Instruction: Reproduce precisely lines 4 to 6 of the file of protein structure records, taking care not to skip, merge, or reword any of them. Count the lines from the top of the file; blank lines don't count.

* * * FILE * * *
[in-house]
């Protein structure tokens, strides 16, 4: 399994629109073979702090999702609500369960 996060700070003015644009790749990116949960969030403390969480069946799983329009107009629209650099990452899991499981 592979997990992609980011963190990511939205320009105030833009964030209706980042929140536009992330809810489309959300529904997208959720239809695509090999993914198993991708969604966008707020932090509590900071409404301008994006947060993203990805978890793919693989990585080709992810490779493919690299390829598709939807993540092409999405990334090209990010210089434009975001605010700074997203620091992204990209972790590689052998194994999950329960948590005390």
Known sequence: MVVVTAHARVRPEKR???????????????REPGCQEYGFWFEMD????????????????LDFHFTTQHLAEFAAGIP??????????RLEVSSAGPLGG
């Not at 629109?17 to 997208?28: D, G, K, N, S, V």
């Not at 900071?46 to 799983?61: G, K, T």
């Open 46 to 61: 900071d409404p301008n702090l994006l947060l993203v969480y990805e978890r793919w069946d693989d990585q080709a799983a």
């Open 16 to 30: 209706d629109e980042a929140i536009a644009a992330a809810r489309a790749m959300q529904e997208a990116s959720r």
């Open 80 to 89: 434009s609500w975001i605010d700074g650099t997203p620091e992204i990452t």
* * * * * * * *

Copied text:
């Not at 629109?17 to 997208?28: D, G, K, N, S, V």
């Not at 900071?46 to 799983?61: G, K, T």
């Open 46 to 61: 900071d409404p301008n702090l994006l947060l993203v969480y990805e978890r793919w069946d693989d990585q080709a799983a």